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How to Make Whole Grain Oatmeal

How to Make Whole Grain Oatmeal

Whole grain oatmeal tastes soo much better than its mushy minute oat counterpart.  However, I was deterred by its longer cooking time and seldom bothered to make it.  That is until I read a cookbook called Nourishing Traditions and learned that oatmeal was traditionally soaked overnight before preparing.  Soaking neutralizes the phytates present in all grains, it makes the nutrients more available to your body and easier to digest.  Plus it greatly reduces cooking time which means you can whip up a pot of real, delicious oatmeal in 5 minutes or less.  Use rolled, cracked or steel cut oats for the most nutrition and get ready for a quick, hearty breakfast in minutes.

Ingredients:

  • 1 part oats (steel cut, rolled or cracked)
  • 2 parts water
  • Butter
  • Sweetener of choice (I prefer maple syrup)
  • Optional extras: fruit, nuts, spices, etc.

Directions:

  • Fill a mason jar with one part oats to 2 parts water – it doesn’t have to be exact, just make sure the water is at least a couple inches above the oats.  Estimate about 1/3 cup dry oats per serving.  Put the lid on and leave it on your countertop overnight, preferably for at least 7 hours.
  • In the morning heat a small pot over medium heat.
  • Melt a generous pat of butter in the bottom and then add oatmeal and whatever extras you like (fruit, raisins, spices, etc.) and sweeten to taste.
  • Stir occasionally so it doesn’t stick to the bottom.  Once it’s heated through it’s ready to eat, usually 3-4 minutes.

Notes:

  • Storage – After the initial soak, any remaining uncooked oats should be kept in the fridge.  I usually soak 3 days worth of oats.  Then I cook one days worth at a time and store the rest in the fridge where they’ll keep for several days.
  • Be adventurous with your flavor combinations, this oatmeal lends well to many different flavors.  My favor combo is steel cut oats with peanut butter, maple syrup and cinnamon.  Most days I also add a dollop of whole milk yogurt for extra creaminess.
  • For extra phytate neutralization add 1-2 tablespoons of whey or plain yogurt to your soaking water.  The easiest place to find way is in your yogurt container.  If you buy yogurt by the quart you may have noticed that liquid tends to pool at the top of your container.  This is the whey – it’s normal and healthy and actually has many uses in the kitchen.  Click here for simple whey making instructions:  http://youngmotherhubbard.com/http:/1742/how-to-make-whey/.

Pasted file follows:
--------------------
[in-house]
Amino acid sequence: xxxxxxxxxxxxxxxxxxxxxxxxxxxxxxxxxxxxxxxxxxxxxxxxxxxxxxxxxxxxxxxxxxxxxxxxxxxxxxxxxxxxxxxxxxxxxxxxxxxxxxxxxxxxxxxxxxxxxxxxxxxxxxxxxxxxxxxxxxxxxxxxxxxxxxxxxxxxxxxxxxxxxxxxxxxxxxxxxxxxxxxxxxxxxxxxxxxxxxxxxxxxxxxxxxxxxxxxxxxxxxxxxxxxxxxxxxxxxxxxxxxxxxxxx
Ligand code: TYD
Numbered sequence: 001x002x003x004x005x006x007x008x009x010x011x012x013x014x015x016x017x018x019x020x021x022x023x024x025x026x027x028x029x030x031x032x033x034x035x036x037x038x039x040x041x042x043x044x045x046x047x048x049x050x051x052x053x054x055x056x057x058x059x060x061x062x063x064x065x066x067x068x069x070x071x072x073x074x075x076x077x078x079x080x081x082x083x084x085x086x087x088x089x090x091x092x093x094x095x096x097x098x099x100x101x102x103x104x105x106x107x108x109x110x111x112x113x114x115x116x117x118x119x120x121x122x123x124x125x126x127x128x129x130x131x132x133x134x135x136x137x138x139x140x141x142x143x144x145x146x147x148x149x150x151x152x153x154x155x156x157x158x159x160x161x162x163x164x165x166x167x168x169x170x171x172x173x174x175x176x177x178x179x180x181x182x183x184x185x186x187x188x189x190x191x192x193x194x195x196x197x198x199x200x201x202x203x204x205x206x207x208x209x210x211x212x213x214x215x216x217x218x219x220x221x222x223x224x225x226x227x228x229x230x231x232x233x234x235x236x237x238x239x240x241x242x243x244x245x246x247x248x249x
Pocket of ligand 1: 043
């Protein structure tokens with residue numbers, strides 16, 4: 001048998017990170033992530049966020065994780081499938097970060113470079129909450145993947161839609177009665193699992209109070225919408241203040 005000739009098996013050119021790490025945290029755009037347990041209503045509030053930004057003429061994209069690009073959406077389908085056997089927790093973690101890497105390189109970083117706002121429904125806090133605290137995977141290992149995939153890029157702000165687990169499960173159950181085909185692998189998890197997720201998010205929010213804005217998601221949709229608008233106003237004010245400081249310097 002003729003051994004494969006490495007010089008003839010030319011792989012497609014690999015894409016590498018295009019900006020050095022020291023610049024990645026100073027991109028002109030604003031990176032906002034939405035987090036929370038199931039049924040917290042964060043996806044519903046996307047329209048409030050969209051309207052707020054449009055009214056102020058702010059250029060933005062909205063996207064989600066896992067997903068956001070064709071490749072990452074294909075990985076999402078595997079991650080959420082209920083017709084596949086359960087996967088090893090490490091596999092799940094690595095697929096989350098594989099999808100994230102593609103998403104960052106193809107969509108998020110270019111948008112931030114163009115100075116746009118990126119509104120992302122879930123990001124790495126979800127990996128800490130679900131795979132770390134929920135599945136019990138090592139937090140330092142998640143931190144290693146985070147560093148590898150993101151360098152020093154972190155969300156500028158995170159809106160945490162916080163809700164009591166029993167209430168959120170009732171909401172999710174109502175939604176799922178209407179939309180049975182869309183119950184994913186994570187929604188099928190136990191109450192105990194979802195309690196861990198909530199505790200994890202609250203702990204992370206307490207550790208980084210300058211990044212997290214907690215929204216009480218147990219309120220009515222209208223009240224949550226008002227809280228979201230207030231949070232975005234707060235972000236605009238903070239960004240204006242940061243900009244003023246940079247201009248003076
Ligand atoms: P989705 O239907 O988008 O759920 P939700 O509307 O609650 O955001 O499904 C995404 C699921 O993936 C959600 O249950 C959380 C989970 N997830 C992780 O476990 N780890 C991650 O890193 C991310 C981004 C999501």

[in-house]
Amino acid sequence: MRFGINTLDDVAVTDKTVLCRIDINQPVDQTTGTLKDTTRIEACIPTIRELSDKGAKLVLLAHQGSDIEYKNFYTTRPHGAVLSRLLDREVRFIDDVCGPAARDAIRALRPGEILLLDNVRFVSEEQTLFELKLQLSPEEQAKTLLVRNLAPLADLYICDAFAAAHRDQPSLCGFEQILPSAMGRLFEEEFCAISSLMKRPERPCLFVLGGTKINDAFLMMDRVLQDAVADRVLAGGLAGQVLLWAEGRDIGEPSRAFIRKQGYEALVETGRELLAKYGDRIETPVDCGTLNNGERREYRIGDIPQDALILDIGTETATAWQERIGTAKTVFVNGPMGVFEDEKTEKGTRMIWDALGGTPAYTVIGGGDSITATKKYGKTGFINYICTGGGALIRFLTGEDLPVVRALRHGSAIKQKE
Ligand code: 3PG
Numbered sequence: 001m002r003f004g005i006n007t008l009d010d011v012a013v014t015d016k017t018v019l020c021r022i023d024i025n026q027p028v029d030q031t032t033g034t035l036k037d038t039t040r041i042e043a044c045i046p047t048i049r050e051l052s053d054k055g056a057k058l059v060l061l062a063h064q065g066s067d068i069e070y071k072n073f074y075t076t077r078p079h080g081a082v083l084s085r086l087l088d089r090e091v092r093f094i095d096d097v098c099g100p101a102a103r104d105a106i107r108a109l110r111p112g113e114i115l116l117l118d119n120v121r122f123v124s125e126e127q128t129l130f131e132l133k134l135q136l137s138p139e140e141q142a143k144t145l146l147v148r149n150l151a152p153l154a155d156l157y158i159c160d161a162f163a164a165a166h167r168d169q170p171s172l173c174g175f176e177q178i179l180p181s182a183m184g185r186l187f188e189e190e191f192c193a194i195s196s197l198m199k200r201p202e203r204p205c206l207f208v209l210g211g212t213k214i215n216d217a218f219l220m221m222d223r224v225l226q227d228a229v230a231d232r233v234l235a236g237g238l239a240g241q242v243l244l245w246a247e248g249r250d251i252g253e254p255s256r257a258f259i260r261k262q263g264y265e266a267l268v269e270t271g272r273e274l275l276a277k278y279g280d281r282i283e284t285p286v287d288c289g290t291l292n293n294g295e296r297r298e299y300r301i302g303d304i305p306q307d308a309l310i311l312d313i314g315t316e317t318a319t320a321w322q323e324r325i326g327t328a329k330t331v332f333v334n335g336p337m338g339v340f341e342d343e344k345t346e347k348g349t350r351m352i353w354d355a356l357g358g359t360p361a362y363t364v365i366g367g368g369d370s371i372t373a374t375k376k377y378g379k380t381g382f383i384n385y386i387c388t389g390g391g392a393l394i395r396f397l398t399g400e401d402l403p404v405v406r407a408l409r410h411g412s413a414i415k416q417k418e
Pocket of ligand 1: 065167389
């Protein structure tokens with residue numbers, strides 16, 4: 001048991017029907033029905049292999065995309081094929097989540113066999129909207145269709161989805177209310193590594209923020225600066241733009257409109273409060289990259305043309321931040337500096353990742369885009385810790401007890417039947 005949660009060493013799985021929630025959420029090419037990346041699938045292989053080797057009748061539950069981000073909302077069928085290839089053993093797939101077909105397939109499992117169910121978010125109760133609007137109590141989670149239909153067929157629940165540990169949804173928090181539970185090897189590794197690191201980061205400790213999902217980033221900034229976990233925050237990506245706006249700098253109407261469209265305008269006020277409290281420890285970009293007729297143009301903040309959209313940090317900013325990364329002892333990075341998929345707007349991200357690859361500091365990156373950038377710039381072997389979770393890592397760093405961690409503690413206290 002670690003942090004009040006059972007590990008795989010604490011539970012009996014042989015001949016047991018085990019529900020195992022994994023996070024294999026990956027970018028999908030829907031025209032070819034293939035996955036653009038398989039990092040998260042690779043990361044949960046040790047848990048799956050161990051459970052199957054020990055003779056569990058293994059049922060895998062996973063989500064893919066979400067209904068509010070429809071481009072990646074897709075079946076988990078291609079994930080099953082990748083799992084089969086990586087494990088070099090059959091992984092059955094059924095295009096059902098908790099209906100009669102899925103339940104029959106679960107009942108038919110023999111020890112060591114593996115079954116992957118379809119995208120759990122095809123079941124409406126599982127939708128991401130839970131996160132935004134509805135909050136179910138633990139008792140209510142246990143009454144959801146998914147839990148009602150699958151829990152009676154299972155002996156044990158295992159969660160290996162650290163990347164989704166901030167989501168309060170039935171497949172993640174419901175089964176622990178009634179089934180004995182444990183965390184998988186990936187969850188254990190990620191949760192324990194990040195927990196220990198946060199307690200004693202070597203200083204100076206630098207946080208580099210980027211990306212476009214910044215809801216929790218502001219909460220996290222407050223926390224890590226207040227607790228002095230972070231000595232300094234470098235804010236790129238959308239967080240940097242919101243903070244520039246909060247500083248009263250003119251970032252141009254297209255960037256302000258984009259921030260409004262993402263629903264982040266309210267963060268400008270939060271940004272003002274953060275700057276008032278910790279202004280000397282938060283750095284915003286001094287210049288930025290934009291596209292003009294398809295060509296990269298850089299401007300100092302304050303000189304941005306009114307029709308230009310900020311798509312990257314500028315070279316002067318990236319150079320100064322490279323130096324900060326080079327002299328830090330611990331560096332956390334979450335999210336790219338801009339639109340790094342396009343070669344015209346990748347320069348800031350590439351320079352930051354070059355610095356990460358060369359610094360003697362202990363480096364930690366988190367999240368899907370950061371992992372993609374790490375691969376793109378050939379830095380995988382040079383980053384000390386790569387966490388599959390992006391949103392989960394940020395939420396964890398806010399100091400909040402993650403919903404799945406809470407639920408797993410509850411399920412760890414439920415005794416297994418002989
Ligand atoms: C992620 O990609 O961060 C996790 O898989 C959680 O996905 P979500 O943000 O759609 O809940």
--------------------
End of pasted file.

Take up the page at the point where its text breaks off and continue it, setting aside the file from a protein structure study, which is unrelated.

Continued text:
• Click here for additional information on the benefits of soaking: http://youngmotherhubbard.com/http:/1740/the-benefits-of-soaking-grains/

Photo Credit: http://www.flickr.com/photos/veganfeast/5106051523/

 

2 Responses to “How to Make Whole Grain Oatmeal”

  1. Laura says:

    When adding the oats, do you include the soaking water? Or any other liquid?

    Thanks!

    • Jen Hubbard says:

      Good question. It really depends on how thick you want your oatmeal. If the oats soaked up most of the water then I just pour it all in the cooking pot. If however there’s still a lot of liquid, I pour most of it off before cooking. Basically if you like runny oatmeal keep at least half an inch of the water, if you like it thick you should pour most of it off. Either way it’s not necessary to add additional liquid, although a bit of cream or yogurt added at the end is a tasty touch:)

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